Review: "The Barbican is such a special and powerful space, I've had many of my greatest live musical moments there," tells Max Cooper in an interview. Yearning for the Infinite follows Cooper's 2018 LP One Hundred Billion Sparks which comes through a commission that the Barbican Centre gave Max Cooper in being able to present a live audiovisual show in an attempt to capture what he defines as 'the overwhelming vastness of infinity' within Kulturquartier's "Betonhalle". Impressive. Much like Nils Frahm, Max Cooper hits on many a sweet note when venturing through his own interpretation of liminality, arriving with the sound of fizzing electronics and the hum of hardware, to field recordings, live drums and emotionally affecting synths lines. A trip from start to finish.
Review: Tracks from Max Cooper's One Hundred Billion Sparks album from 2018 get remixed by a veritable who's who of underground electronic music. Barker turns "Phi" into a jittery, broken beat piece, while in Synkro's hands, "Rule 110" turns into a stop-start slice of drum'n'bass, with the original version's melodies unravelling over its hyper-speed breaks. Parra For Cuva and Roly Porter's takes on "Hope" make for more reflective, immersive listens, particularly the Porter version, with its expansive, hymnal ambience. In contrast, DJ Tennis & Barratt pick up the pace with their edit of "Reflex", turning it an undulating groove, while Robag Wruhme's version of "Volition" is a superior piece of glitchy minimal house.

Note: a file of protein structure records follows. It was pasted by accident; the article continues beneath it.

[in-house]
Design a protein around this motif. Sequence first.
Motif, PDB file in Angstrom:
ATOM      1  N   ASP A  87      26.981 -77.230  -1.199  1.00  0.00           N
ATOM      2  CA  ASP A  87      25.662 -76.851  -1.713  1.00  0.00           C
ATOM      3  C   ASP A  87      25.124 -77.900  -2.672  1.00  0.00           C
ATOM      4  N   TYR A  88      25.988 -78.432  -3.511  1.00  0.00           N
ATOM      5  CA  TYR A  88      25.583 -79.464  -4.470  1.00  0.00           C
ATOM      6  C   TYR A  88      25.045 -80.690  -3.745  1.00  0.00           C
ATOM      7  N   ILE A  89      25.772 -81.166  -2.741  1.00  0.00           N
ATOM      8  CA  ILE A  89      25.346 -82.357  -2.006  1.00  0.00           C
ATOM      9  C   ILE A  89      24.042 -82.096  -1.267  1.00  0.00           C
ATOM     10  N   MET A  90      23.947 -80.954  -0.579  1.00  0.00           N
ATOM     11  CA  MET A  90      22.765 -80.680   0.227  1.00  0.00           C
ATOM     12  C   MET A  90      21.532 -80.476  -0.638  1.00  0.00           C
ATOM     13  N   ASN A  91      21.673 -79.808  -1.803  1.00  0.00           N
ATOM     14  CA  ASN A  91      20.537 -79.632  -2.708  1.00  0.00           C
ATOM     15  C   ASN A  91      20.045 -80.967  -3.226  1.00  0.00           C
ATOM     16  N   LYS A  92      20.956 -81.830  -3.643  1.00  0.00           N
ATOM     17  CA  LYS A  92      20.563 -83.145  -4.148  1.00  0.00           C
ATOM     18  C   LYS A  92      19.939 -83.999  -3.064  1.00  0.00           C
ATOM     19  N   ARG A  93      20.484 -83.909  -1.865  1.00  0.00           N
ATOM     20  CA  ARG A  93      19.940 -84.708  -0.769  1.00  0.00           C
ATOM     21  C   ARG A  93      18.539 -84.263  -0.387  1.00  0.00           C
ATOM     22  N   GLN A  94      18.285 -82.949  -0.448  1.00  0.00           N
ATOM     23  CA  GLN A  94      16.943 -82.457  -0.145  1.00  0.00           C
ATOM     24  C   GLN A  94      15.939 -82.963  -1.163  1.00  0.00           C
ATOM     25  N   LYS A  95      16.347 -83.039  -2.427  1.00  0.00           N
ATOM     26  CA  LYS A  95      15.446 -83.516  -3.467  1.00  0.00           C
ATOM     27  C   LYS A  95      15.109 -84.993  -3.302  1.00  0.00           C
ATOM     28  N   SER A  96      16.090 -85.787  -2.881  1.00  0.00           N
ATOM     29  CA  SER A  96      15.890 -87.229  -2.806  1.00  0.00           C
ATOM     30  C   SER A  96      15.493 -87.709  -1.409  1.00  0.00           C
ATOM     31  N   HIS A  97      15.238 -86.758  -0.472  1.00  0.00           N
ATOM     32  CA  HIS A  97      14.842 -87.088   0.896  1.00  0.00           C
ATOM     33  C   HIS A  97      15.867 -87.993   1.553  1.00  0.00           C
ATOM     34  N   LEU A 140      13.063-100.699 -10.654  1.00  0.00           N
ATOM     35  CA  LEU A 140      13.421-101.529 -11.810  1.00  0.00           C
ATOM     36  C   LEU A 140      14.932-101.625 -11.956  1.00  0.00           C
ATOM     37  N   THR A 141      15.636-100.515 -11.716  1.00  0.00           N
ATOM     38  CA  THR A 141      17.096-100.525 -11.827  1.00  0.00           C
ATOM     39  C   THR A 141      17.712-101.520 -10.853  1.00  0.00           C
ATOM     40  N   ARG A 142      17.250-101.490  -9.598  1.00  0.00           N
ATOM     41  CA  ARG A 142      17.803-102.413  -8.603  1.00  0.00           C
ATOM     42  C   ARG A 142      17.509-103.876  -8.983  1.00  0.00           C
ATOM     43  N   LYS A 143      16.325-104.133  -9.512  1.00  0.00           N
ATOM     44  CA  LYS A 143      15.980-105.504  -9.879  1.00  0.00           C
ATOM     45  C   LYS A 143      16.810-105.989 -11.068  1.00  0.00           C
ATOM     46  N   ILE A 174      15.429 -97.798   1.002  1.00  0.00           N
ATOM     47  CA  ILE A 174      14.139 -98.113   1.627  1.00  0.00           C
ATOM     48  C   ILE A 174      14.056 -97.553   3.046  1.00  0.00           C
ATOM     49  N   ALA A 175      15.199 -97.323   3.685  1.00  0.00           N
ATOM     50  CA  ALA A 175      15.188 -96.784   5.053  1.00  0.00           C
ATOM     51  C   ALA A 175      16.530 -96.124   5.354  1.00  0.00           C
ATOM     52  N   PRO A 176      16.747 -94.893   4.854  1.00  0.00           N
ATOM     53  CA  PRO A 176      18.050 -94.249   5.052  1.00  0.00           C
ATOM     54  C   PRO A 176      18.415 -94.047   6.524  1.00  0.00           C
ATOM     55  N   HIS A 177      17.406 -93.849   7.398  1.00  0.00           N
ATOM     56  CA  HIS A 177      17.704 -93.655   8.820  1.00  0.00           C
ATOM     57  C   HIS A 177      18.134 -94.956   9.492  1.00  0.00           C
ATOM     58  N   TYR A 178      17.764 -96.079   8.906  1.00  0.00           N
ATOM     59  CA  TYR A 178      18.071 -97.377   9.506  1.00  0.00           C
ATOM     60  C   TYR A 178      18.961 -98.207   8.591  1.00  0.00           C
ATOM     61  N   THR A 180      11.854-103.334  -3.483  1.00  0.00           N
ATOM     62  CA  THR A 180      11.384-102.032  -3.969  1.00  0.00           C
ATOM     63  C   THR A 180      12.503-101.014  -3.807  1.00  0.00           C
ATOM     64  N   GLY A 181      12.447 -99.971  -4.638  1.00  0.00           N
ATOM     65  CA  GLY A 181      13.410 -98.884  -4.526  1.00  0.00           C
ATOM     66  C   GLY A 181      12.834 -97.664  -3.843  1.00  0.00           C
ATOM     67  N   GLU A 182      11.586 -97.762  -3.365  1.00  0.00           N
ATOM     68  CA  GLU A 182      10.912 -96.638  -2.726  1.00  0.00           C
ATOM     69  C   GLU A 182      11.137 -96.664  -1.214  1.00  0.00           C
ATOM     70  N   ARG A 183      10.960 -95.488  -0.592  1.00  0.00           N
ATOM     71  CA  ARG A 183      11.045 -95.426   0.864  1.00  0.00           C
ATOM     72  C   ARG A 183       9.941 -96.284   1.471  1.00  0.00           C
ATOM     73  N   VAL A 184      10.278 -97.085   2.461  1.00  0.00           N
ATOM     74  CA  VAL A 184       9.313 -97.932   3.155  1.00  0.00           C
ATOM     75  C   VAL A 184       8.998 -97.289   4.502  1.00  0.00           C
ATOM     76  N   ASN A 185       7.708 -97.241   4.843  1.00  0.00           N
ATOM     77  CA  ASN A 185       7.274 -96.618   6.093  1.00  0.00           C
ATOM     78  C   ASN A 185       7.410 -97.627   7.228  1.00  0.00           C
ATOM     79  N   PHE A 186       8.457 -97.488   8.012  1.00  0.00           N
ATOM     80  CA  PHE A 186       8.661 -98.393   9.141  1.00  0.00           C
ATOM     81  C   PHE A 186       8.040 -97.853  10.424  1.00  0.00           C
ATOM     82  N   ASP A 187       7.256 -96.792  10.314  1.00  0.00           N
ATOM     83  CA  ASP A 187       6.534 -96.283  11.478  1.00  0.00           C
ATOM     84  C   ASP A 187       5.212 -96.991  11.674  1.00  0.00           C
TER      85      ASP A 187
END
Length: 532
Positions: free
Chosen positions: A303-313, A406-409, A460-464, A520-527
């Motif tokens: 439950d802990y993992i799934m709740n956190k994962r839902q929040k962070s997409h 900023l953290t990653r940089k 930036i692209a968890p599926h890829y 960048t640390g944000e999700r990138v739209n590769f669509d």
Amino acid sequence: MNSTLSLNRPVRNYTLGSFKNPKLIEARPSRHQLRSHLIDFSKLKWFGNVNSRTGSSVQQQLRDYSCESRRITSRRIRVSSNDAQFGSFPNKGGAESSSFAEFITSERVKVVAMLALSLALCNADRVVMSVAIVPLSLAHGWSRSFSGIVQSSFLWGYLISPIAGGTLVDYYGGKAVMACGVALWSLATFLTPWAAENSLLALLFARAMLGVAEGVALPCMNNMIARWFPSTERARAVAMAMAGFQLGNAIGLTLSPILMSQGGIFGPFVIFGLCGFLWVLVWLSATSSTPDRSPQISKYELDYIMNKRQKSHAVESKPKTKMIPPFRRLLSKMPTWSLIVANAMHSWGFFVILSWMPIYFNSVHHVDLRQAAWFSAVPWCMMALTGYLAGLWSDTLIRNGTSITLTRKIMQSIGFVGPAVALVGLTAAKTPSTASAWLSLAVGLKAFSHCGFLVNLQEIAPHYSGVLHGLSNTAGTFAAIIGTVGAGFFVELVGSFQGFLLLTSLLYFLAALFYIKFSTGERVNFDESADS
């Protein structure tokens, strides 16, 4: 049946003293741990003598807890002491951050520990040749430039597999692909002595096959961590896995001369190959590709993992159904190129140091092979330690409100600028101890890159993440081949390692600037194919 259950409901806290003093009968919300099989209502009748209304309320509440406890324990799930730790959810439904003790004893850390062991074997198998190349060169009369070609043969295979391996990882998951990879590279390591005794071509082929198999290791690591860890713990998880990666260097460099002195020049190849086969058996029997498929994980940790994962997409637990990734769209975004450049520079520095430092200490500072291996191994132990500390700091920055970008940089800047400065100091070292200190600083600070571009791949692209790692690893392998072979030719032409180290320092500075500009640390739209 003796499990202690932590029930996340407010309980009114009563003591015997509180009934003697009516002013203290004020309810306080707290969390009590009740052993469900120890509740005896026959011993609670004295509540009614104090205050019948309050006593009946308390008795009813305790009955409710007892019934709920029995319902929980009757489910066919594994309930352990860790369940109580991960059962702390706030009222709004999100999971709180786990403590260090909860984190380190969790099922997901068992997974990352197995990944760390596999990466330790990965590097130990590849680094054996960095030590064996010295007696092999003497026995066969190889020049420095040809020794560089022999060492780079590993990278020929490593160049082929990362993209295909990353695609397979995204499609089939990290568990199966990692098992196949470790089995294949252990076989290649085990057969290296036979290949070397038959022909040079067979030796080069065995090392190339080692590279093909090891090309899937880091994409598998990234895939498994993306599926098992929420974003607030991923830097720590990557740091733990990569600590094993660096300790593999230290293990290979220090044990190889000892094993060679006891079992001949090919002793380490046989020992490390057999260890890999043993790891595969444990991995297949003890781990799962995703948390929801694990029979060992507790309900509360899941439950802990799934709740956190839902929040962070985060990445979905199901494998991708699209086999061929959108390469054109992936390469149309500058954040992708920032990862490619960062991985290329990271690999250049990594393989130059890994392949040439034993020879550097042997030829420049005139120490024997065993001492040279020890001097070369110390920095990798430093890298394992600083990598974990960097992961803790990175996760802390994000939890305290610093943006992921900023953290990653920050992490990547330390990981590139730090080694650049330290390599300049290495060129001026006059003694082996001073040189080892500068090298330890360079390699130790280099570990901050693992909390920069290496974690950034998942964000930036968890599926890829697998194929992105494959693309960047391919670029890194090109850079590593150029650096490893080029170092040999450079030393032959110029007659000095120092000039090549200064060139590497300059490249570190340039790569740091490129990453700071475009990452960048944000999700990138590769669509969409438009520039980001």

Review: "Reflex" was one of the highlights of Cooper's 2018 album, One Hundred Billion Sparks, and it's not hard to understand why. Evolving from glitchy percussion and menacing bass tones, it teases the listener without ever truly exploding. For this single release, Cooper has edited the track, and "Reflex Values", the new version, sees him finally give the original the release that it needed. Pummelling kicks underpin the glitchy elements that morph into a stepping segue before Cooper heads back into straight 4/4s. Cooper then hands over the reins to DJ Tennis and collaborator Barratt, who turn "Reflex" into a tripped out, low-slung house groove that resounds to cowbells and atmospheric synths.